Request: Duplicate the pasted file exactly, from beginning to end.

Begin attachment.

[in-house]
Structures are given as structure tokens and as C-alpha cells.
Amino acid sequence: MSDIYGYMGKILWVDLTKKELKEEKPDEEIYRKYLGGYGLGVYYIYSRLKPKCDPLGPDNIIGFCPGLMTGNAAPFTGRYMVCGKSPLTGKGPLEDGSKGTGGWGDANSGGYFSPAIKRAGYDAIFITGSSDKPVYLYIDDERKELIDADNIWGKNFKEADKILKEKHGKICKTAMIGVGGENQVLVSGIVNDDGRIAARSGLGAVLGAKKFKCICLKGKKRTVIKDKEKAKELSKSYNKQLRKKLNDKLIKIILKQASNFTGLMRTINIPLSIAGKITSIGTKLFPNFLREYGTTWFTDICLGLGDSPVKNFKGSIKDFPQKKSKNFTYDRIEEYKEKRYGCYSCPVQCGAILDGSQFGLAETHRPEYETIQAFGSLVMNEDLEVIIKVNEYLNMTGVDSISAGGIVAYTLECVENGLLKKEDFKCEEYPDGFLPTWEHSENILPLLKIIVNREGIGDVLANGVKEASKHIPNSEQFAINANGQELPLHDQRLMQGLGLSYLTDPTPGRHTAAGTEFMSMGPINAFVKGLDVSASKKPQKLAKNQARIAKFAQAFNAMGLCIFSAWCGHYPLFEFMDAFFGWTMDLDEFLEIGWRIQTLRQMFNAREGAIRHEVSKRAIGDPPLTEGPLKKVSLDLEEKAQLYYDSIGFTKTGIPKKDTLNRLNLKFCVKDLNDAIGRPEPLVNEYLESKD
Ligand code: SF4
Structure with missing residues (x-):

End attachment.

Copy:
[in-house]
Structures are given as structure tokens and as C-alpha cells.
Amino acid sequence: MSDIYGYMGKILWVDLTKKELKEEKPDEEIYRKYLGGYGLGVYYIYSRLKPKCDPLGPDNIIGFCPGLMTGNAAPFTGRYMVCGKSPLTGKGPLEDGSKGTGGWGDANSGGYFSPAIKRAGYDAIFITGSSDKPVYLYIDDERKELIDADNIWGKNFKEADKILKEKHGKICKTAMIGVGGENQVLVSGIVNDDGRIAARSGLGAVLGAKKFKCICLKGKKRTVIKDKEKAKELSKSYNKQLRKKLNDKLIKIILKQASNFTGLMRTINIPLSIAGKITSIGTKLFPNFLREYGTTWFTDICLGLGDSPVKNFKGSIKDFPQKKSKNFTYDRIEEYKEKRYGCYSCPVQCGAILDGSQFGLAETHRPEYETIQAFGSLVMNEDLEVIIKVNEYLNMTGVDSISAGGIVAYTLECVENGLLKKEDFKCEEYPDGFLPTWEHSENILPLLKIIVNREGIGDVLANGVKEASKHIPNSEQFAINANGQELPLHDQRLMQGLGLSYLTDPTPGRHTAAGTEFMSMGPINAFVKGLDVSASKKPQKLAKNQARIAKFAQAFNAMGLCIFSAWCGHYPLFEFMDAFFGWTMDLDEFLEIGWRIQTLRQMFNAREGAIRHEVSKRAIGDPPLTEGPLKKVSLDLEEKAQLYYDSIGFTKTGIPKKDTLNRLNLKFCVKDLNDAIGRPEPLVNEYLESKD
Ligand code: SF4
Structure with missing residues (x-):